The revelation that so many advisers, professors, and administrators had either gone along with the scheme or looked the other way prompted a flurry of worried calls from regents on some campuses. Experts urged college officials to watch more closely for possible signs of academic fraud, including courses that cater disproportionately to athletes and independent-study courses with vague requirements.
“As a university president, if you don’t look at this report and ask, ‘Can I be certain that we have the right checks and balances in place?’ you’ve missed the boat,” said Walter Harrison, president of the University of Hartford and head of the National Collegiate Athletic Association’s academic-reform efforts over the past decade.
Reports about the apparently widespread practice of tutors’ completing assignments for athletes have prompted many college programs to reassess how they train their own tutors. They are also reassessing whether there is a sufficient firewall between coaches, who want to see athletes remain eligible to play, and academic-support staff members.
The North Carolina case provides “a great reminder of ethical boundaries,” said Brady W. Rourke, associate athletic director for student services at West Virginia University. “It challenged me, and I, in turn, challenged the staff, to think about how much is too much help.”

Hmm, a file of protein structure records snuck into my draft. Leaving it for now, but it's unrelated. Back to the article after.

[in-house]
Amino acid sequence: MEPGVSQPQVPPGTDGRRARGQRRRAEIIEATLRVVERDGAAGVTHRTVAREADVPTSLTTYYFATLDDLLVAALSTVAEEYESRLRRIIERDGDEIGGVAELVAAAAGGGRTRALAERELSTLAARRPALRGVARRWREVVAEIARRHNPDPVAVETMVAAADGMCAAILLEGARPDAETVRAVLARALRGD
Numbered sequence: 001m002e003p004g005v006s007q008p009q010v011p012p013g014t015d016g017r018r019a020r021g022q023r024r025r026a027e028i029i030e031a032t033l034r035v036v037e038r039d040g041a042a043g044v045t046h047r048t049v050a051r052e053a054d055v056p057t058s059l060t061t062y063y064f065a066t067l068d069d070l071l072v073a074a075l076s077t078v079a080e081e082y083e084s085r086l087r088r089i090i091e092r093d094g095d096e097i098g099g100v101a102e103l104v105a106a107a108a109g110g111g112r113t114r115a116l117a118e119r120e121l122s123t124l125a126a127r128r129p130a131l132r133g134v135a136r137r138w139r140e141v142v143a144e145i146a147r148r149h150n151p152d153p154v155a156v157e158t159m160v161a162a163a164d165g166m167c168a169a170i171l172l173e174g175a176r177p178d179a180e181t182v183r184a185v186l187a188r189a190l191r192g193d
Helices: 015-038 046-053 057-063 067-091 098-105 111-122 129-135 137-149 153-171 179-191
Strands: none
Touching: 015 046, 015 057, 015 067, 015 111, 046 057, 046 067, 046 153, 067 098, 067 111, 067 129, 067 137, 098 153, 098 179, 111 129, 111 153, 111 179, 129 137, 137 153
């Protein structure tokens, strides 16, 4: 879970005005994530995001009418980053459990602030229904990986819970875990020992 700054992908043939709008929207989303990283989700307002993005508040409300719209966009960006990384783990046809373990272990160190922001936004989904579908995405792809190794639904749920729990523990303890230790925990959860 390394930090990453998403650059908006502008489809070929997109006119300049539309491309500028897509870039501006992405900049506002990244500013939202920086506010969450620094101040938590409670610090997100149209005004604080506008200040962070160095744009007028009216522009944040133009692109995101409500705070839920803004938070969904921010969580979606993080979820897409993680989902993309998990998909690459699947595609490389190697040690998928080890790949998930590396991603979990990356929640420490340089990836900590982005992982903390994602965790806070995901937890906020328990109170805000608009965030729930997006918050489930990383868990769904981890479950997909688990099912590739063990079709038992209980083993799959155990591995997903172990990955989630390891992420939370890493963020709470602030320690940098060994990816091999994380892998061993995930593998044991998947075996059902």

Troubling Incentives With the increase in the number of tutors, mentors, and graduate-student assistants for athletes, administrators need to be sure they aren’t simply “pouring information into students” or doing work for them, he said.
David E. Clough, a professor of engineering at the University of Colorado at Boulder, has shared tracking and predictive tools with more than 100 NCAA programs to monitor how athletes are performing in the classroom. Mr. Clough, who serves as the university’s liaison between sports and academics, said Colorado had instituted an enhanced auditing system for independent-study courses, requiring students, faculty members, and department heads to sign a contract spelling out what’s expected and what is actually being done.